"A lot of the nonbranded sites are imploding," says Penthouses Van der Leun. "Im seeing requests by several companies asking if we want to buy them."

Van der Leun says he is actively looking to make acquisitions and is currently conducting due diligence on four companies, which he declines to name. New Frontier CEO Kreloff is also poised to start buying and is looking at smaller shops he can snap up for two to three times their annual revenue.

The one exception to the chaos and consolidation trend are niche adult sites that cater to specific fleshy fetishes. As larger sex portals have grown clogged with low-quality content backed by inferior customer support, boutiques have flourished in their shadow.

David K. has operated the gay male site Nightcharm.com since 1998 and has cultivated a small but loyal customer base by offering a free Webzine as well as a paid content. David primarily depends on word of mouth to drive new traffic.

Rather than just posting a gallery of lurid thumbnail pictures and leaving it at that, David regularly updates both the visual and textual content on his site to keep visitors coming back. His goal is to be an honest entrepreneur of male erotica.

"Im not trying to rip anybody off," says David. "I put my face on the site and theres a feeling a human is here."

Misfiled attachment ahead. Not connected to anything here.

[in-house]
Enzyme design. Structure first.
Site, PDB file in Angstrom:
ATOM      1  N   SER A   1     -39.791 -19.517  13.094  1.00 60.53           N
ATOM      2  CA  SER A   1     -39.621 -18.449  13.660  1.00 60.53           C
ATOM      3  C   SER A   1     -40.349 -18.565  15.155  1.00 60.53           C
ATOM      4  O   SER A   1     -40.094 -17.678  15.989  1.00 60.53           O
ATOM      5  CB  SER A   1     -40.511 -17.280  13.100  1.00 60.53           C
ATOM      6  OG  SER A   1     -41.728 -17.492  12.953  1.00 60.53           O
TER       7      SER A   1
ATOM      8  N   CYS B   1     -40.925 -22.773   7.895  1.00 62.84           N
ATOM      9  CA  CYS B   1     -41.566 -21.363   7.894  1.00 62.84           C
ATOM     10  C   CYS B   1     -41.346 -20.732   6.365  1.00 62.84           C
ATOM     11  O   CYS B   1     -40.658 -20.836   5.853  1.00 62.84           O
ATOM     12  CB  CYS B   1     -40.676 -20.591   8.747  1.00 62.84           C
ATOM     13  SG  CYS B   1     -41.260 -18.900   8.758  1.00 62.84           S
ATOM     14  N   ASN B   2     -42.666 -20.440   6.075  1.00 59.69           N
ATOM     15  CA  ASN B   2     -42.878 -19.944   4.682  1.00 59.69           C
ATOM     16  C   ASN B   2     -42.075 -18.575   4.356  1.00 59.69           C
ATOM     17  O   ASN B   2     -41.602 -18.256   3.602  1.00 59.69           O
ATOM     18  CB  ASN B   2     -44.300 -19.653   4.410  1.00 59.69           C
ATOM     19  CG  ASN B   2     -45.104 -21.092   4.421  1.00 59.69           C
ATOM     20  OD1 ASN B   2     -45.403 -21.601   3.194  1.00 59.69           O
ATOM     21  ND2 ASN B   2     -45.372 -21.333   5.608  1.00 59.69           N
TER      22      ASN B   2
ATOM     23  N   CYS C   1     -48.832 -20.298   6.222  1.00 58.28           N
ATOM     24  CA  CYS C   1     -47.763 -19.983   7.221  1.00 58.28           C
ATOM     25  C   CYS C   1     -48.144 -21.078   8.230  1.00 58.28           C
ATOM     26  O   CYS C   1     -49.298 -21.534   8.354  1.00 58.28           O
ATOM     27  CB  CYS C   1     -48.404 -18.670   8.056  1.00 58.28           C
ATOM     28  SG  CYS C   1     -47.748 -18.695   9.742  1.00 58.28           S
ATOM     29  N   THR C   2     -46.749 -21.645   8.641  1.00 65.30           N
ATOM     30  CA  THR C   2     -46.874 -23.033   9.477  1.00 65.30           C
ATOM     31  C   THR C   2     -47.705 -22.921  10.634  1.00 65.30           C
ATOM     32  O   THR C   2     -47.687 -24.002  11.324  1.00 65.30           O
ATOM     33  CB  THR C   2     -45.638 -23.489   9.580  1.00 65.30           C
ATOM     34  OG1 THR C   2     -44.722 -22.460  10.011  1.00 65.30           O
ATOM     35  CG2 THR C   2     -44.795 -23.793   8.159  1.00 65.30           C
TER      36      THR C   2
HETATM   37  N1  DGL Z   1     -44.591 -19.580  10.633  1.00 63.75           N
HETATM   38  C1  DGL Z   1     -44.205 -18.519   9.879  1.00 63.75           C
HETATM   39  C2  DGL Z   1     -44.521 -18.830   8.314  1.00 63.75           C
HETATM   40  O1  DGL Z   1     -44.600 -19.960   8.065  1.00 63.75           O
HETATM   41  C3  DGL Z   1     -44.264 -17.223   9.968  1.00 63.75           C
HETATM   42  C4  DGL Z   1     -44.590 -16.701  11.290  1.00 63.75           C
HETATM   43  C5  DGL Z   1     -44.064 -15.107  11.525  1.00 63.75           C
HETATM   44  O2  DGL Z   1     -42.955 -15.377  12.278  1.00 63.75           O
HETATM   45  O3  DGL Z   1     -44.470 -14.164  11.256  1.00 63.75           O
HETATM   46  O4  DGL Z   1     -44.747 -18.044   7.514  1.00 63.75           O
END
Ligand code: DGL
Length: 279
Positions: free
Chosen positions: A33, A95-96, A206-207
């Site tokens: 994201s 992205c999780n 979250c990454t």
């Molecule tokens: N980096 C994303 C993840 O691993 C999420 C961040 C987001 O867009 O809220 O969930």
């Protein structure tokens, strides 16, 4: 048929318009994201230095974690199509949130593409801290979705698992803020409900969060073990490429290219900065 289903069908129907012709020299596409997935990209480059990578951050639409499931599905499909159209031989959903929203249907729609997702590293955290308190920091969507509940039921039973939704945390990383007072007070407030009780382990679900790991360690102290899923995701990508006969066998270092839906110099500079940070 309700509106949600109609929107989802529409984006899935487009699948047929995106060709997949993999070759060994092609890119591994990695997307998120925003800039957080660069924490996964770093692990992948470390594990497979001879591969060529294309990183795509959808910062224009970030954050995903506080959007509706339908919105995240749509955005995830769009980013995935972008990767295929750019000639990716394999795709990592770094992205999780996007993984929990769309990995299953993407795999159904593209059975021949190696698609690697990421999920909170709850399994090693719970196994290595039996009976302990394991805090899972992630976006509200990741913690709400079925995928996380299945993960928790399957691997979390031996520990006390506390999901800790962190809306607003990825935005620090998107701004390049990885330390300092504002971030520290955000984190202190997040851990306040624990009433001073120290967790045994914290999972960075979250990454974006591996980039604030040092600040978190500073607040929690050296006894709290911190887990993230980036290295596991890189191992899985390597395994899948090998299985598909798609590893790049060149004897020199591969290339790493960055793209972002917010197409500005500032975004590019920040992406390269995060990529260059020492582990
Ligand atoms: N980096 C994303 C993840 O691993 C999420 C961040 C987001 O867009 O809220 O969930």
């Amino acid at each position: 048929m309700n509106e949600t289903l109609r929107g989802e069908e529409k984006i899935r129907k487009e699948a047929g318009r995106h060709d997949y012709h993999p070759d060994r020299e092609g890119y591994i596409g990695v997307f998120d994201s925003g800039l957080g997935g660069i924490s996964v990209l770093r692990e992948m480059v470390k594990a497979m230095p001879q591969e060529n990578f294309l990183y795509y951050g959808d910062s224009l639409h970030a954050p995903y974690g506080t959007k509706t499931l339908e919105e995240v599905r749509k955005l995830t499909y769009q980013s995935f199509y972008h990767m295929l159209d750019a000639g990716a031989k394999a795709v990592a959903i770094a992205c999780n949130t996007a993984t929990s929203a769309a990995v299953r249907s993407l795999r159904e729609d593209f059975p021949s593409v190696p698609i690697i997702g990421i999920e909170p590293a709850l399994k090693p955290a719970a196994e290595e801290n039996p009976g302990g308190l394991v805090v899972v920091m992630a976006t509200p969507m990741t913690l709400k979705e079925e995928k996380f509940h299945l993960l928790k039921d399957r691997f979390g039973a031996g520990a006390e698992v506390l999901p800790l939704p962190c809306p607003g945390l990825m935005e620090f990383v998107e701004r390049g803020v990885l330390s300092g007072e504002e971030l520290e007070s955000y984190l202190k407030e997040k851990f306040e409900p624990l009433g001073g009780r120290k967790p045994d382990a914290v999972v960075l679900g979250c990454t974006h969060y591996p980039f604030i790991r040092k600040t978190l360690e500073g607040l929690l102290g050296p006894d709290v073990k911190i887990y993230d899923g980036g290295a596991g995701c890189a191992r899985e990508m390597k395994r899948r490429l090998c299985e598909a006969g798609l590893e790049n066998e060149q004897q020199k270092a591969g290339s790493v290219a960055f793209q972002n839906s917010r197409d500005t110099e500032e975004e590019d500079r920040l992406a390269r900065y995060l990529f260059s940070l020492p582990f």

The recipe works for other niche sites like WifeysWorld.com, run by a husband-and-wife team that provides content from their own boudoir. The site has attracted a steady membership of 12,000 subscriptions at $15 per month, generating $2.2 million per year in revenue — a figure that doesnt include online video sales.

Both New Frontier and Penthouse are looking to launch their own niche fetish sites to cash in on the trend. Kreloff is also betting much of New Frontiers future on broadband smut. The company currently operates Ten.com, which for $29.95 per month offers long and short triple-X streaming video clips to suit a variety of tastes, as well as live tech support.

"People will pay a premium for better content," Kreloff says.

There is widespread agreement that chargeback penalties and consolidation will combine to clean up the industry over the next few years, as fly-by-night operators go bust. Still, the challenge for the remaining players will be to attract and keep new customers in a virtually zero-growth market. Odds are, they will survive.

"These companies are determined to stay in business," Hymes says.